A lift required to see slaughter forecasts reached

Merino lambs

Meat and Livestock Australia’s (MLA) sheep industry projections released last week are calling for a pretty significant rise in lamb slaughter this year. It could be expected that the increased numbers would start hitting the market early in the year, as the larger 2021 flock flows into slaughter. That hasn’t been the case, and the market may be feeling the repercussions.

The Australian Bureau of Statistics (ABS) official slaughter data was also released last week, and as it turns out, lamb and sheep slaughter came in pretty close to 2020.  The final national lamb slaughter figure was 20.797 million head, up 1.8% on 2020. 

This was despite final quarter lamb slaugther figures coming in 4.4% lower than 2020.  On the sheep front, the ABS figures were a bit of a surprise.  Final quarter sheep slaughter was up 16% on 2020, lifting the annual rate to just a 2.5% deficit to 2020, despite a very slow start.

With more sheep exiting the system than expected, the forecast for 2022 lamb slaughter might be revised down a little, but it will still have to be much stronger than last year.  The national flock was estimated to be 11% higher as of June 30 in 2021 (official numbers come out in May), and most of these would be ewes or ewe lambs.  The forecast of 21.6 million head of lambs for slaughter may be conservative still.

The 21.6 million head would be a 4% increase on last year, but we haven’t seen it yet.  Issues with processors reaching full capacity and the omnicron wave saw lamb slaughter for the first seven weeks of 2022 running 9% lower than last year on the east coast (figure 1).  That equates to 192 thousand head that hasn’t been slaughtered, and if there are more lambs out there this year, it might be more lambs waiting for space.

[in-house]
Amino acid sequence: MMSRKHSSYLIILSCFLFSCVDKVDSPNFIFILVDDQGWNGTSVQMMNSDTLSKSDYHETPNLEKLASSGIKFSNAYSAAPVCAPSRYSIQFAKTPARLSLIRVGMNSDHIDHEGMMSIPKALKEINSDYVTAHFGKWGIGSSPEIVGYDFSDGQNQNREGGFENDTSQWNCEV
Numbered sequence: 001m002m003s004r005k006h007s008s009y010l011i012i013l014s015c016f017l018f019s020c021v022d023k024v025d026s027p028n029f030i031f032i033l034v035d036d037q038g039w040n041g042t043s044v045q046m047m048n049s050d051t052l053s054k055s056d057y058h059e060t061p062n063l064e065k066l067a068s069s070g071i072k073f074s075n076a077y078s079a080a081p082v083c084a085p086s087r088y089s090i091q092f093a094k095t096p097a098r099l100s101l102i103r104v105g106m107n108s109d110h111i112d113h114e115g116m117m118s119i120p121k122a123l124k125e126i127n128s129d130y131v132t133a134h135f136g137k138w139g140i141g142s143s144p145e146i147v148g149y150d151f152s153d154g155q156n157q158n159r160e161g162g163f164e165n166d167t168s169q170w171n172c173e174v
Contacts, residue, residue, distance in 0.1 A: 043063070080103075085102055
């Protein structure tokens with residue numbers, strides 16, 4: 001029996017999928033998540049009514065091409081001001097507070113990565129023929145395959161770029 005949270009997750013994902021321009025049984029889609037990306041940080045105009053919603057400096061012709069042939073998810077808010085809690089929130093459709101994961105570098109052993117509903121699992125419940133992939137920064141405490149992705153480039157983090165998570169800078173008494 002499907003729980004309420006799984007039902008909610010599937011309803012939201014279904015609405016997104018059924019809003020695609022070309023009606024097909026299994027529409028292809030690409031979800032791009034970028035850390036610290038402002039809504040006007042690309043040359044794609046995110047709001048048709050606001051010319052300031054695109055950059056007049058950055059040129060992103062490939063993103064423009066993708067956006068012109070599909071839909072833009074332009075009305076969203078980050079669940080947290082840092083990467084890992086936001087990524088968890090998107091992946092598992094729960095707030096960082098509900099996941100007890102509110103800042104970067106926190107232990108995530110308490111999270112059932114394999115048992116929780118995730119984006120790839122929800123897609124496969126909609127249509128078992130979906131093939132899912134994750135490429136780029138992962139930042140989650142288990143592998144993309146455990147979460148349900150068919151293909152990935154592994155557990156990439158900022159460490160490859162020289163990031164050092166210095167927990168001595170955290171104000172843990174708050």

The sheep slaughter forecast will be revised, but as of last week, it sat at 6 million head, so a lift on the 2021 level of 5.8 million.  For the year thus far MLA figures have east coast slaughter languishing 18.5% below last year’s level (figure 2).   There is quite some ground to make up.

What does it mean?

We know there have been issues with slaughter capacity constraints since Covid hit.  However, if rates can get back to late spring early summer levels the lamb and sheep backlog should be worked through.  Falling prices and strong processor margins would normally have an impact on slaughter rates, and producers should be hoping processor capacity can lift to add a bit of support for the market.

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Key Points

  • MLA projections are calling for increases in lamb and sheep slaughter.
  • For the year to date, lamb and sheep slaughter has been much lower.
  • Lower prices would normally encourage stronger slaughter rates, but it’s not that easy.

Click on figure to expand

Click on figure to expand

Data sources: ABS, MLA

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